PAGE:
The English duo will tee off at Centurion Golf Club when the first event of the controversial breakaway tour starts on Thursday.

Dustin Johnson and Phil Mickelson this week quit the PGA Tour after agreeing huge offers to join the LIV Tour.

Westwood and Poulter were quizzed over their morals as they became the latest players to be asked about Saudi Arabia's human rights record.

When asked if he would play in a tournament organised by Russian president Vladimir Putin, Poulter said: "I'm not even going to comment on speculation" before refusing to answer when quizzed if there is anywhere he would not play on a moral basis.

Westwood then replied "you're just asking us to a hypothetical question there and I'm not going to your answer" after being asked if he would have played in Apartheid South Africa.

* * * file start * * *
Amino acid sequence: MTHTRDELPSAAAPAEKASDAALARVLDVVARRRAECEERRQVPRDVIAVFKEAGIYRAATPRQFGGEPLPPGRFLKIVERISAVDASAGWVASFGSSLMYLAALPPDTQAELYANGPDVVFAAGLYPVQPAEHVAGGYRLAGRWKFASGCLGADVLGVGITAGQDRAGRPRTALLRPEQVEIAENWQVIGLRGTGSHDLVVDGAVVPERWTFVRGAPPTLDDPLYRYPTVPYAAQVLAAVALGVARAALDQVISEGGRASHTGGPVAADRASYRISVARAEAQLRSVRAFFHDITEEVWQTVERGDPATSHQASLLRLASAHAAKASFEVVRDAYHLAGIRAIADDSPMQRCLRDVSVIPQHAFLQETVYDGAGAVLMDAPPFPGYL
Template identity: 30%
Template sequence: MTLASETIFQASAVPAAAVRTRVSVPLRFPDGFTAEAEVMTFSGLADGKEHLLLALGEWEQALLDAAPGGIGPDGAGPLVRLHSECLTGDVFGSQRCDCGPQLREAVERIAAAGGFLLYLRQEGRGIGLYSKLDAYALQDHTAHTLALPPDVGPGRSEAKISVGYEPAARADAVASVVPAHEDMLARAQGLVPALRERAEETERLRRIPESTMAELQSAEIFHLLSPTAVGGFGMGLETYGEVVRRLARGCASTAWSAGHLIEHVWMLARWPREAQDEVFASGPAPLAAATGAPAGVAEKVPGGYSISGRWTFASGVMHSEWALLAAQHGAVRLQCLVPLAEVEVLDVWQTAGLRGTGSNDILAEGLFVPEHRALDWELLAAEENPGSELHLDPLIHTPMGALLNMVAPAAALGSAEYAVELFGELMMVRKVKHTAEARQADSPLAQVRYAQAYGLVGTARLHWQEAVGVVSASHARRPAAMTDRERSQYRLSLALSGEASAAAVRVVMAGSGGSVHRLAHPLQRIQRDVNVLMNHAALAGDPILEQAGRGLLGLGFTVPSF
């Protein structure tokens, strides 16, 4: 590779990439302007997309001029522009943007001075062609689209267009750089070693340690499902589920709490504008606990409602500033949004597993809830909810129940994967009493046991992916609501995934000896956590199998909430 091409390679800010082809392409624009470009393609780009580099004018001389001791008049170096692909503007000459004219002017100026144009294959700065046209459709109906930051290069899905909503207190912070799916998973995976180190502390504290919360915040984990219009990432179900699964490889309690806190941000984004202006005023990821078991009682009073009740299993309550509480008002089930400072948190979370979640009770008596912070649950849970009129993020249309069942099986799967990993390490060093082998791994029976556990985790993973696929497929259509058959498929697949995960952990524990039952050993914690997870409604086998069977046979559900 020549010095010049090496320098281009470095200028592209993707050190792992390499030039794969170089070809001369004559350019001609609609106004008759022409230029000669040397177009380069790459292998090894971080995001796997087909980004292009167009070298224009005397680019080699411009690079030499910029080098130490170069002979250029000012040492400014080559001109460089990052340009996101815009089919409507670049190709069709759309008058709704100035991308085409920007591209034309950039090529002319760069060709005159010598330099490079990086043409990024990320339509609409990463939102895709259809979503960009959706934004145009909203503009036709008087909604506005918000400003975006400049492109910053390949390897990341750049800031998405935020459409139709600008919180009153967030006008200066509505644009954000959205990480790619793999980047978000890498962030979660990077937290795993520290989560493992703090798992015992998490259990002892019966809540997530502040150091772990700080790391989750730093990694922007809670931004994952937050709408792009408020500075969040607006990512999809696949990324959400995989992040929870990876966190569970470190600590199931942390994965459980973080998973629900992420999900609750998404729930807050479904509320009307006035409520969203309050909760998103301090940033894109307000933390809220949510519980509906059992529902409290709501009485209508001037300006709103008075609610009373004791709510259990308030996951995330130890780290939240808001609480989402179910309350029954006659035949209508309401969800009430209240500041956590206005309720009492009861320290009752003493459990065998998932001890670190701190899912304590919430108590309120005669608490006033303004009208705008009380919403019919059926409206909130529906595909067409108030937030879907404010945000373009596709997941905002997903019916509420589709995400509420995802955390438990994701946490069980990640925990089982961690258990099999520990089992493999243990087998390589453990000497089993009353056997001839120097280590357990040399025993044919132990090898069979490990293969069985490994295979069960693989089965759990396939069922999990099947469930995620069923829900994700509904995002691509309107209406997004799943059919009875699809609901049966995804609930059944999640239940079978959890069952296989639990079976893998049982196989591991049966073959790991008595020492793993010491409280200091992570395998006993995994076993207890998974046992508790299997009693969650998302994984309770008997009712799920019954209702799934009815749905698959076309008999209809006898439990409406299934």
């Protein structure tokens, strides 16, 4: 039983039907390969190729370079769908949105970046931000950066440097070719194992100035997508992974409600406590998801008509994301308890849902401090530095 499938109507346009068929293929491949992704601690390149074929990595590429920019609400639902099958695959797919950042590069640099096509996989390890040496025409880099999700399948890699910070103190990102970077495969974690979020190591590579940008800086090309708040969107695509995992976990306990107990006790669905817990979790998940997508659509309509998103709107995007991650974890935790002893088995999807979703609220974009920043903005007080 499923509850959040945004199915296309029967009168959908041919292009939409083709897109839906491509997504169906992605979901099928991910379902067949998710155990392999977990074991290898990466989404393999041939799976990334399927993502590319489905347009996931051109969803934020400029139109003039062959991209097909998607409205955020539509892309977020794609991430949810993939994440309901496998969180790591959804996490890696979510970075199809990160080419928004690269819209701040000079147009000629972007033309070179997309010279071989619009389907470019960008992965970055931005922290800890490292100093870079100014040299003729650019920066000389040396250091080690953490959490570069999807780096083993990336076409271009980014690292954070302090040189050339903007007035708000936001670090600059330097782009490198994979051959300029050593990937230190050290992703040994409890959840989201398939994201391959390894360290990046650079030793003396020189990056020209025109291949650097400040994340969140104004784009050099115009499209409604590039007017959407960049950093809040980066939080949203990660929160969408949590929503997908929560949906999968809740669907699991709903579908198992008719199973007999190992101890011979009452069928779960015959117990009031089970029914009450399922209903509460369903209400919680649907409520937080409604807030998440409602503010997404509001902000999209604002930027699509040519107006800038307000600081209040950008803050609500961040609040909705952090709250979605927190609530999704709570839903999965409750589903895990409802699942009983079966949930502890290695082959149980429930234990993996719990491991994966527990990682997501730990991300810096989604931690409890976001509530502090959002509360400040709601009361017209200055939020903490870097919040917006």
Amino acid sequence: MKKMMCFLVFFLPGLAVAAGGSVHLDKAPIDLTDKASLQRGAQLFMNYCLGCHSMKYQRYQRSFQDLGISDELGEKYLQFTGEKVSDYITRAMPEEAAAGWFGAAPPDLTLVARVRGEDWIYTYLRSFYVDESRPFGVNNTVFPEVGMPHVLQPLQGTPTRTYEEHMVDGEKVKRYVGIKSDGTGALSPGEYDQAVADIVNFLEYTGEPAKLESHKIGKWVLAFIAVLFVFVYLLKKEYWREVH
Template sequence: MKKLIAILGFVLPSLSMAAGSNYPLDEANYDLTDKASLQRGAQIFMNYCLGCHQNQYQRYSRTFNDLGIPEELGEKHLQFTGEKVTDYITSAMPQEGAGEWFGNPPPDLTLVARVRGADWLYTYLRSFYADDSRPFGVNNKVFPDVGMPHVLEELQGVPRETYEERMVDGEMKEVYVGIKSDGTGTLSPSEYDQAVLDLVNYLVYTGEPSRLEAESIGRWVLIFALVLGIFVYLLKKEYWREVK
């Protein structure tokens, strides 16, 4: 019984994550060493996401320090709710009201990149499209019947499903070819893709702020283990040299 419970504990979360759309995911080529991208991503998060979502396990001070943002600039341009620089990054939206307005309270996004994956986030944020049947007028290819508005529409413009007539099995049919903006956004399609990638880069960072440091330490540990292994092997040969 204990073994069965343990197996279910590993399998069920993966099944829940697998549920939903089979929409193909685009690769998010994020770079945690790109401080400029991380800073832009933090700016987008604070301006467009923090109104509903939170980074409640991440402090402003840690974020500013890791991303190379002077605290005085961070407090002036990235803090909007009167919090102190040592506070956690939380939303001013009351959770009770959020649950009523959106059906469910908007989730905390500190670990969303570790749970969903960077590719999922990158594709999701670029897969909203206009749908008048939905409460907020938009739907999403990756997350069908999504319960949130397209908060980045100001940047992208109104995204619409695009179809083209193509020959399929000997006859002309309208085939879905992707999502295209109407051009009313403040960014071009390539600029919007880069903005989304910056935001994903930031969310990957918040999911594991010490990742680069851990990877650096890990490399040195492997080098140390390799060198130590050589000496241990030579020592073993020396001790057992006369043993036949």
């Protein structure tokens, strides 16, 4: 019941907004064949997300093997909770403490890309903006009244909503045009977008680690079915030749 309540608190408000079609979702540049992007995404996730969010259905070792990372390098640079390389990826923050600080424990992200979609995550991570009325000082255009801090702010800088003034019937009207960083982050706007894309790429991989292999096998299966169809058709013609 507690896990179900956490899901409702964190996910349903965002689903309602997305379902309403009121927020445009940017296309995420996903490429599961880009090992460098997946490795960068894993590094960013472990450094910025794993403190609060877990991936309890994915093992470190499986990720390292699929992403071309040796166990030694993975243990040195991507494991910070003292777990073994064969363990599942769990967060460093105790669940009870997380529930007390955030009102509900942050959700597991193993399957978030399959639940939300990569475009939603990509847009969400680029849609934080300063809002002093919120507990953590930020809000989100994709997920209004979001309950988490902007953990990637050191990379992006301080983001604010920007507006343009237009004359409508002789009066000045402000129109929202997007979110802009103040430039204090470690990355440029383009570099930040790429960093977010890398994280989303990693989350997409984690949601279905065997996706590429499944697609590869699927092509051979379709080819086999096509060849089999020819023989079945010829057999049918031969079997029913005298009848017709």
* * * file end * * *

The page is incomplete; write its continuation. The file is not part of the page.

Signing up to the LIV Tour has led to uncertainty over whether Ryder Cup stalwarts Westwood and Poulter were ruling themselves out of representing Europe again.

Poulter said: "We don't know [if they could be involved in the Ryder Cup]. I'd like to think it wouldn't [prevent them from being involved], all the golf I've played around the world in all the different countries and tours I don't see why this should be any different.

"It's an unknown risk, we don't know how DP World Tour will view it, it's obviously a factor."

Westwood, who pointed out that he has played on European Tour events in Saudi Arabia, said: "It's something I have to take into account. I'm not sure about the playing days, I'm 50 next April. The captaincy could be in jeopardy as well, but Ian pretty much covered it all.

"What I will say is myself and Ian have been members of the PGA Tour while we've been on the European Tour and that's had no effect in the past on whether people have been captains.

"LIV Golf is another tour so why should it be any different?"